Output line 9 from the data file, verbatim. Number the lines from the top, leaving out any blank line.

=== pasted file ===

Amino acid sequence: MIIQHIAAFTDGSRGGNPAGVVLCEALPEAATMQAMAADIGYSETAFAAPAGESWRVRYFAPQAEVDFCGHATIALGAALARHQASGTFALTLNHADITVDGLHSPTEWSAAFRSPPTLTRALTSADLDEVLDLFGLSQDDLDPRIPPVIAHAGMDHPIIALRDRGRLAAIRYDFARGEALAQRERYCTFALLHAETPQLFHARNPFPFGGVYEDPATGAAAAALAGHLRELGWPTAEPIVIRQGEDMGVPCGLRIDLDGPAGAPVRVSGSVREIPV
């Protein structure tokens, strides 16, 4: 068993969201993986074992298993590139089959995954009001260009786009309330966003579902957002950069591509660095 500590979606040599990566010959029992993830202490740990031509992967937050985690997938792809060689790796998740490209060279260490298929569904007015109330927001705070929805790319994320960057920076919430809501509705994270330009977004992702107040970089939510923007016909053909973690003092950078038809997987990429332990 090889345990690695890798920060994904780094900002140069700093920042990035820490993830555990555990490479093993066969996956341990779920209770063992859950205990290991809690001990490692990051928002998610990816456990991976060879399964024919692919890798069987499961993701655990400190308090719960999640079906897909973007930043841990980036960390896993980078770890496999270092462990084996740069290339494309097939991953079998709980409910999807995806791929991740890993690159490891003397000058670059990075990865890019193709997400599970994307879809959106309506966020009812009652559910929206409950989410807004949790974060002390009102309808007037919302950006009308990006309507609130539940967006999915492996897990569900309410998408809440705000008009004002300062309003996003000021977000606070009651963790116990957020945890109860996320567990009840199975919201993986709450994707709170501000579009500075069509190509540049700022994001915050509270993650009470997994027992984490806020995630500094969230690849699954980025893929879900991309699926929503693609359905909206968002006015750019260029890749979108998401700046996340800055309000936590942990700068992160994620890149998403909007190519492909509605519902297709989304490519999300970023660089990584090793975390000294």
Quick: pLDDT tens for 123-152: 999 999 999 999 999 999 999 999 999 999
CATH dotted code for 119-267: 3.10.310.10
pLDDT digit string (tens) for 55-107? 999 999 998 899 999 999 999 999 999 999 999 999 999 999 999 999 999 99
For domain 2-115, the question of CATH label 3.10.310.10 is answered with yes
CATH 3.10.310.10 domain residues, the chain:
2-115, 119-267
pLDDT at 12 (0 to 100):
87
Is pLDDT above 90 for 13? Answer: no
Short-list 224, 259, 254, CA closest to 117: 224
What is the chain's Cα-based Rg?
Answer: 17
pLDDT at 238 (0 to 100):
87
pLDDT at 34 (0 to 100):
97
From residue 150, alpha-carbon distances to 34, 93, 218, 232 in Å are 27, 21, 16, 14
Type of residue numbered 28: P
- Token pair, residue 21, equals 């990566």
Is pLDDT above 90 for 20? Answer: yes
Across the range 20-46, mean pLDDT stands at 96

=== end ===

pLDDT at 12 (0 to 100):